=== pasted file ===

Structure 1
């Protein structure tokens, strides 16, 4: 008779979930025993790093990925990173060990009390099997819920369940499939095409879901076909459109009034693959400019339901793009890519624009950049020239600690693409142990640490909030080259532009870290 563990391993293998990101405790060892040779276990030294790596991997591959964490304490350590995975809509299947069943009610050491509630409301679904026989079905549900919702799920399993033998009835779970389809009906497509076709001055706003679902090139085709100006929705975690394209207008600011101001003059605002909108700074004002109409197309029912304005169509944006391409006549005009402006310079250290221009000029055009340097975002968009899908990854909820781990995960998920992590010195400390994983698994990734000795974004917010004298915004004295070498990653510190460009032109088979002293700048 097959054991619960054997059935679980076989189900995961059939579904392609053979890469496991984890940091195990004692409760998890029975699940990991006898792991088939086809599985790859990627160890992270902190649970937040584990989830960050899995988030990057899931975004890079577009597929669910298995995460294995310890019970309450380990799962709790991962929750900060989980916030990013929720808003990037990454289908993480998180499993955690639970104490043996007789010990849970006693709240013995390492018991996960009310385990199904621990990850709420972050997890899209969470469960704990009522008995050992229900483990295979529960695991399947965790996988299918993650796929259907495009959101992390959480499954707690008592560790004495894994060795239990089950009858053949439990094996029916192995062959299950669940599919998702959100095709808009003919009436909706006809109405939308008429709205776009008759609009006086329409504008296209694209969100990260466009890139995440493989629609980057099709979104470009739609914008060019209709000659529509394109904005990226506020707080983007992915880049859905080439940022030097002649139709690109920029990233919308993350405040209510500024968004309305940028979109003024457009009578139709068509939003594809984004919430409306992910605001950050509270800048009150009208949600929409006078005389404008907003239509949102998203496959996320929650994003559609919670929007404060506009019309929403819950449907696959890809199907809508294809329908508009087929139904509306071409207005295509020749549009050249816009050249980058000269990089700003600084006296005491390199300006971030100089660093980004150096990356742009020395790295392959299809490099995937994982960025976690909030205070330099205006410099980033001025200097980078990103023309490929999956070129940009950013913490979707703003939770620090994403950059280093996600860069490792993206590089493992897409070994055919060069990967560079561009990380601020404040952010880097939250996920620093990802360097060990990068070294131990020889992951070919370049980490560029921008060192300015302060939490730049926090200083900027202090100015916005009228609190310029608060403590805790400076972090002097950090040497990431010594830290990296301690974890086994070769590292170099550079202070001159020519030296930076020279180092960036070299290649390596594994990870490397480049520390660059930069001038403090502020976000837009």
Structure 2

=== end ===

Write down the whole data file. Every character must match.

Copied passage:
Structure 1
């Protein structure tokens, strides 16, 4: 008779979930025993790093990925990173060990009390099997819920369940499939095409879901076909459109009034693959400019339901793009890519624009950049020239600690693409142990640490909030080259532009870290 563990391993293998990101405790060892040779276990030294790596991997591959964490304490350590995975809509299947069943009610050491509630409301679904026989079905549900919702799920399993033998009835779970389809009906497509076709001055706003679902090139085709100006929705975690394209207008600011101001003059605002909108700074004002109409197309029912304005169509944006391409006549005009402006310079250290221009000029055009340097975002968009899908990854909820781990995960998920992590010195400390994983698994990734000795974004917010004298915004004295070498990653510190460009032109088979002293700048 097959054991619960054997059935679980076989189900995961059939579904392609053979890469496991984890940091195990004692409760998890029975699940990991006898792991088939086809599985790859990627160890992270902190649970937040584990989830960050899995988030990057899931975004890079577009597929669910298995995460294995310890019970309450380990799962709790991962929750900060989980916030990013929720808003990037990454289908993480998180499993955690639970104490043996007789010990849970006693709240013995390492018991996960009310385990199904621990990850709420972050997890899209969470469960704990009522008995050992229900483990295979529960695991399947965790996988299918993650796929259907495009959101992390959480499954707690008592560790004495894994060795239990089950009858053949439990094996029916192995062959299950669940599919998702959100095709808009003919009436909706006809109405939308008429709205776009008759609009006086329409504008296209694209969100990260466009890139995440493989629609980057099709979104470009739609914008060019209709000659529509394109904005990226506020707080983007992915880049859905080439940022030097002649139709690109920029990233919308993350405040209510500024968004309305940028979109003024457009009578139709068509939003594809984004919430409306992910605001950050509270800048009150009208949600929409006078005389404008907003239509949102998203496959996320929650994003559609919670929007404060506009019309929403819950449907696959890809199907809508294809329908508009087929139904509306071409207005295509020749549009050249816009050249980058000269990089700003600084006296005491390199300006971030100089660093980004150096990356742009020395790295392959299809490099995937994982960025976690909030205070330099205006410099980033001025200097980078990103023309490929999956070129940009950013913490979707703003939770620090994403950059280093996600860069490792993206590089493992897409070994055919060069990967560079561009990380601020404040952010880097939250996920620093990802360097060990990068070294131990020889992951070919370049980490560029921008060192300015302060939490730049926090200083900027202090100015916005009228609190310029608060403590805790400076972090002097950090040497990431010594830290990296301690974890086994070769590292170099550079202070001159020519030296930076020279180092960036070299290649390596594994990870490397480049520390660059930069001038403090502020976000837009």
Structure 2